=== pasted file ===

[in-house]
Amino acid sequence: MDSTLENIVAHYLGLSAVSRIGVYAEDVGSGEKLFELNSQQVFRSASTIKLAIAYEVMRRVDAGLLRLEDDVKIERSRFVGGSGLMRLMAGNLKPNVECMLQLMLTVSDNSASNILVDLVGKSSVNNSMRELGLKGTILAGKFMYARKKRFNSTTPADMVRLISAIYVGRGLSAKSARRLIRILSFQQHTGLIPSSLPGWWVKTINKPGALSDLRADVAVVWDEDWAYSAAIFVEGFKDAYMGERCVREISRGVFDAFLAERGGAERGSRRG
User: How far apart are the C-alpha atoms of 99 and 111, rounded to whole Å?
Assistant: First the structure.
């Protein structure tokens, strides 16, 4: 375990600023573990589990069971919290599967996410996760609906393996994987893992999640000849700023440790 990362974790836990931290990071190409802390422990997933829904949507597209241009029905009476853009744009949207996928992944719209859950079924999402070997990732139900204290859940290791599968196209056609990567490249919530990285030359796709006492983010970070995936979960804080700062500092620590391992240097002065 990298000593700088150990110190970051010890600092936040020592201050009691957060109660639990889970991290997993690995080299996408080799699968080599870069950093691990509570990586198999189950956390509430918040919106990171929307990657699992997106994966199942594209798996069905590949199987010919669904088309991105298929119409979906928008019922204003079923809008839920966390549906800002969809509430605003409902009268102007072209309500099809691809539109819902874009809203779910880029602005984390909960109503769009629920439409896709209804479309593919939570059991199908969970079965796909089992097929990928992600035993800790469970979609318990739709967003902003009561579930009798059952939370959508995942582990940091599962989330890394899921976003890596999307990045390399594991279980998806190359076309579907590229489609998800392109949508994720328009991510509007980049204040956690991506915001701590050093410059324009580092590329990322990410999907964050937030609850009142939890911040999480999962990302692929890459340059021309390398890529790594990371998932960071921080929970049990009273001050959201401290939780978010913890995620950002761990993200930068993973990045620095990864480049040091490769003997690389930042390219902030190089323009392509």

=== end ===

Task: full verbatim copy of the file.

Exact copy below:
[in-house]
Amino acid sequence: MDSTLENIVAHYLGLSAVSRIGVYAEDVGSGEKLFELNSQQVFRSASTIKLAIAYEVMRRVDAGLLRLEDDVKIERSRFVGGSGLMRLMAGNLKPNVECMLQLMLTVSDNSASNILVDLVGKSSVNNSMRELGLKGTILAGKFMYARKKRFNSTTPADMVRLISAIYVGRGLSAKSARRLIRILSFQQHTGLIPSSLPGWWVKTINKPGALSDLRADVAVVWDEDWAYSAAIFVEGFKDAYMGERCVREISRGVFDAFLAERGGAERGSRRG
User: How far apart are the C-alpha atoms of 99 and 111, rounded to whole Å?
Assistant: First the structure.
């Protein structure tokens, strides 16, 4: 375990600023573990589990069971919290599967996410996760609906393996994987893992999640000849700023440790 990362974790836990931290990071190409802390422990997933829904949507597209241009029905009476853009744009949207996928992944719209859950079924999402070997990732139900204290859940290791599968196209056609990567490249919530990285030359796709006492983010970070995936979960804080700062500092620590391992240097002065 990298000593700088150990110190970051010890600092936040020592201050009691957060109660639990889970991290997993690995080299996408080799699968080599870069950093691990509570990586198999189950956390509430918040919106990171929307990657699992997106994966199942594209798996069905590949199987010919669904088309991105298929119409979906928008019922204003079923809008839920966390549906800002969809509430605003409902009268102007072209309500099809691809539109819902874009809203779910880029602005984390909960109503769009629920439409896709209804479309593919939570059991199908969970079965796909089992097929990928992600035993800790469970979609318990739709967003902003009561579930009798059952939370959508995942582990940091599962989330890394899921976003890596999307990045390399594991279980998806190359076309579907590229489609998800392109949508994720328009991510509007980049204040956690991506915001701590050093410059324009580092590329990322990410999907964050937030609850009142939890911040999480999962990302692929890459340059021309390398890529790594990371998932960071921080929970049990009273001050959201401290939780978010913890995620950002761990993200930068993973990045620095990864480049040091490769003997690389930042390219902030190089323009392509």